Early records date from the mid-16th century, when life at Eton was strictly regimented and spartan, according to the Pitkin Guide to the school, written by a former member of staff. Pupils had to get up at 5am each morning to chant prayers before attending lessons in Latin.
Priests played a central part in the life of the college during its first 200 years but after the civil war, when Eton's grounds were used in a Royalist attempt to recapture Windsor Castle, their influence waned.
However, the life of the boys continued to be a hard one. The most famous headmaster, Dr Keate, tackled a lax state of discipline which had arisen before his arrival in 1809 with an iron regime. It is said that he conducted mass floggings known as "executions" and that his victims were expected to cheer him afterwards.
"Pop", the elite society which now imposes discipline on boys, dates from Dr Keate's time. It started life as a debating society meeting in a lollipop shop but later became a club for athletes.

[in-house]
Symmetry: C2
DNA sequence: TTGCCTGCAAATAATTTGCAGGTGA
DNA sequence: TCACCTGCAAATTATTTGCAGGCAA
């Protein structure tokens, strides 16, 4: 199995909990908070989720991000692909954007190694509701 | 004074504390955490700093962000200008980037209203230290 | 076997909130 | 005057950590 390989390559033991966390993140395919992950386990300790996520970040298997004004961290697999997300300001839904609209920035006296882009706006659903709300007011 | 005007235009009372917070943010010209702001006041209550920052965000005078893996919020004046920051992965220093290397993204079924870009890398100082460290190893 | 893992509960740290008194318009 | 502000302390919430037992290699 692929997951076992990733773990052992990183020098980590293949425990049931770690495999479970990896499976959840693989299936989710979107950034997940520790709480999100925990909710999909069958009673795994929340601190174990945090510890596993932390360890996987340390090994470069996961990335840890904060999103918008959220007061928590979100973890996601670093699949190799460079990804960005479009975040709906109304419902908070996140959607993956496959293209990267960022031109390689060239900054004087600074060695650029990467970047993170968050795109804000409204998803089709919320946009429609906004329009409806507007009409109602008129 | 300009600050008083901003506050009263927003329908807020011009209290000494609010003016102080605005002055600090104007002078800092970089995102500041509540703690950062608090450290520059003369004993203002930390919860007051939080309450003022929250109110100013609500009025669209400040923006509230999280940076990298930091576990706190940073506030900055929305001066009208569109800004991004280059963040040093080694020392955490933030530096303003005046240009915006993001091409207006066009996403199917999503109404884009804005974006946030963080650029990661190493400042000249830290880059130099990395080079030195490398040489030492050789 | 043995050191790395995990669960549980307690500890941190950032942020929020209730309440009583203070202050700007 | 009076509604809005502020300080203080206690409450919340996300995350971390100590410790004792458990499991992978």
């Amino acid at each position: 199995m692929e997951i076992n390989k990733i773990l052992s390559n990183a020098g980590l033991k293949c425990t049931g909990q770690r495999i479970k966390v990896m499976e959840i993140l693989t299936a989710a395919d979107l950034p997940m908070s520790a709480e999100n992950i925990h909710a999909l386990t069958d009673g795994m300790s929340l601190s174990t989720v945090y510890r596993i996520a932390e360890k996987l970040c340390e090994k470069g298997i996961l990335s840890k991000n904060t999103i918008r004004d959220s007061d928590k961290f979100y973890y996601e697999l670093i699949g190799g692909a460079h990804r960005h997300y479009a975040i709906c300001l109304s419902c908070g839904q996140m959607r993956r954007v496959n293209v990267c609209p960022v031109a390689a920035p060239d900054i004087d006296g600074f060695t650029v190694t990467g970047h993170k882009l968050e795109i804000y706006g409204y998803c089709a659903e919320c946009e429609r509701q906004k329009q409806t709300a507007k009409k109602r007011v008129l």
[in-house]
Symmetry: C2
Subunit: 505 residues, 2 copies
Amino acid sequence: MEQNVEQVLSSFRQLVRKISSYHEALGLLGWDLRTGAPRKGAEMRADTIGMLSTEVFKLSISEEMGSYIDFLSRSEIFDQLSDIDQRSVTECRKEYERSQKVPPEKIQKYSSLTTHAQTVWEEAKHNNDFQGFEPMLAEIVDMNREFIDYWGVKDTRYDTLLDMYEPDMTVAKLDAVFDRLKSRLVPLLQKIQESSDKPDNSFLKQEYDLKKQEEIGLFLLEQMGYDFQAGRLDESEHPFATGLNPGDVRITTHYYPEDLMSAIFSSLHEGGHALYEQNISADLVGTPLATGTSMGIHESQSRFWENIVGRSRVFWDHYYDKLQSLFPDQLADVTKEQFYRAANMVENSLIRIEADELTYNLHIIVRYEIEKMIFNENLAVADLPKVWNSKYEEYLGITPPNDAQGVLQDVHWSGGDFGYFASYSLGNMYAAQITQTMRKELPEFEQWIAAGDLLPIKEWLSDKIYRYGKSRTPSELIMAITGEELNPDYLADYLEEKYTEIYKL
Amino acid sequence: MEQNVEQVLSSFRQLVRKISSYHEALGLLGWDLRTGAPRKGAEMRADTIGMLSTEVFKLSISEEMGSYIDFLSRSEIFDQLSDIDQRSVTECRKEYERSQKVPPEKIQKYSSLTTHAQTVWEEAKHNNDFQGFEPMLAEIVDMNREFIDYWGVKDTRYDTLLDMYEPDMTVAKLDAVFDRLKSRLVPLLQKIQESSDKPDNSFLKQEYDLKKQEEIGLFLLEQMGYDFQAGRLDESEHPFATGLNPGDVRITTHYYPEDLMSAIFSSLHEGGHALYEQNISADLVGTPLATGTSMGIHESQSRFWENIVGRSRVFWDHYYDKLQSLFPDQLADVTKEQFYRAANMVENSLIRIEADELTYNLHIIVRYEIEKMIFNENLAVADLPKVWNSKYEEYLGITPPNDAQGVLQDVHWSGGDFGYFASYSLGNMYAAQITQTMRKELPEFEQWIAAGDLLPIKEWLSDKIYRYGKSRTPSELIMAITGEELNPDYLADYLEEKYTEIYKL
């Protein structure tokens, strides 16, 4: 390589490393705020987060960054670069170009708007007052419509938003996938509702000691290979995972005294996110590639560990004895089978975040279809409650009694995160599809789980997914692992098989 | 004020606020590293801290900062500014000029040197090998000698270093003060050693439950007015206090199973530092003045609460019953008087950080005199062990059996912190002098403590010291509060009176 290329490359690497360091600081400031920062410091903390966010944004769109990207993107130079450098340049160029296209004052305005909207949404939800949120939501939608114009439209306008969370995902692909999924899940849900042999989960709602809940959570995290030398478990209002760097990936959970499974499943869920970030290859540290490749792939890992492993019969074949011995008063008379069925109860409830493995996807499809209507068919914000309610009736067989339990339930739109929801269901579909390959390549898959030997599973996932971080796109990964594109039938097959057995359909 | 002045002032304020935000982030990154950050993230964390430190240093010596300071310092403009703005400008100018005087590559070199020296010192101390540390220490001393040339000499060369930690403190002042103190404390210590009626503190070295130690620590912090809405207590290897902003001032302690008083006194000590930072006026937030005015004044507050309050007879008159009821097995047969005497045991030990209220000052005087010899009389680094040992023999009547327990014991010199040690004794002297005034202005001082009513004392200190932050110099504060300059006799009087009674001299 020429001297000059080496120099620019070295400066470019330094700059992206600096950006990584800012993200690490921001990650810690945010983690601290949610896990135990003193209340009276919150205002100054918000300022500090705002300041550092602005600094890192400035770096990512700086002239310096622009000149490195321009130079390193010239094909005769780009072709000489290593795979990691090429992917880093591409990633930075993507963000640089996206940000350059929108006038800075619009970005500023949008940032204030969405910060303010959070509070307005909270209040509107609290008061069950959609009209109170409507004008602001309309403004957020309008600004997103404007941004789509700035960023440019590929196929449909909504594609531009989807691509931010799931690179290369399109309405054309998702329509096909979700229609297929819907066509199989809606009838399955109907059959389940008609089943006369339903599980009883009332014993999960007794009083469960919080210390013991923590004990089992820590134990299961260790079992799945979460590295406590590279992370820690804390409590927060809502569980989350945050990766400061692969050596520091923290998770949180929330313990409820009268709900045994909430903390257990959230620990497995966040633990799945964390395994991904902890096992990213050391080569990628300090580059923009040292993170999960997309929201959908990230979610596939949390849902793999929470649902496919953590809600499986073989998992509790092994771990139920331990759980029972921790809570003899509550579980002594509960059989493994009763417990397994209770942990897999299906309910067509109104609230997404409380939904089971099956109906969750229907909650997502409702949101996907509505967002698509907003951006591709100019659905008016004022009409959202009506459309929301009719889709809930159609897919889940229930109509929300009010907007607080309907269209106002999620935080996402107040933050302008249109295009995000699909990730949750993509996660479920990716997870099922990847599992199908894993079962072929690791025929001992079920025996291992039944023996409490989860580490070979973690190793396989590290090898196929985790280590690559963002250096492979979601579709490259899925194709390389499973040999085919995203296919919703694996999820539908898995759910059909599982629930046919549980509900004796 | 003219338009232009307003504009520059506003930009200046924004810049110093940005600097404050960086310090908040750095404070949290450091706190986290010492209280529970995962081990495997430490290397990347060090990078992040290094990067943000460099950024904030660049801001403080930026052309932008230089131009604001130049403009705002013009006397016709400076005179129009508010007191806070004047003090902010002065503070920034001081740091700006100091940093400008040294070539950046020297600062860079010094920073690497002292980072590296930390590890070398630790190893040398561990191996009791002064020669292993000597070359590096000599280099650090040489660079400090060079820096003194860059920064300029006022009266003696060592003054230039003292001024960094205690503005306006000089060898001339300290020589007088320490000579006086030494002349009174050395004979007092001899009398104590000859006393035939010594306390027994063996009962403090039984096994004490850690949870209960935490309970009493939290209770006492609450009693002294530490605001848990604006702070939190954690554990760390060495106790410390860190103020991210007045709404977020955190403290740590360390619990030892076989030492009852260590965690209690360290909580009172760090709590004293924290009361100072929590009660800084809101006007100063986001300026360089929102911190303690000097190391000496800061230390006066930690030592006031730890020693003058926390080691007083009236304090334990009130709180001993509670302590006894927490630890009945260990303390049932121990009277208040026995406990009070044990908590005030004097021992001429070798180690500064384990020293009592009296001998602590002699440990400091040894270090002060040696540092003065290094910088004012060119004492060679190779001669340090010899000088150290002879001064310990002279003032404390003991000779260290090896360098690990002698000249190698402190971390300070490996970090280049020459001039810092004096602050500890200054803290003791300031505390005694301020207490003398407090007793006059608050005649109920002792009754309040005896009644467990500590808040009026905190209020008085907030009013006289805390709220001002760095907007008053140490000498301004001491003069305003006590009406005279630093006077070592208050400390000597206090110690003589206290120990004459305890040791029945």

The brutality continued into the current century, though both beatings and "fagging" - the practice of attaching younger boys to older ones as personal slaves - are now outlawed. A book published last year revealed that Anthony Chenevix-Trench, headmaster from 1964-70, was forced to resign over his drinking and excessive brutality to boys.
Among the more peculiar traditions which still persist is the Eton Wall Game, which dates from 1777 and which has been described as "a peculiar mixture of mud-wrestling, rugby, football and quaint stupidity."
Eton's former pupils include 19 prime ministers and some minor royals, but also a few more radical individuals. Among this last group was George Orwell who, not surprisingly, was uncomplimentary about his alma mater. "Probably the battle of Waterloo was won on the playing fields of Eton but the opening battles of all subsequent wars have been lost there," he wrote.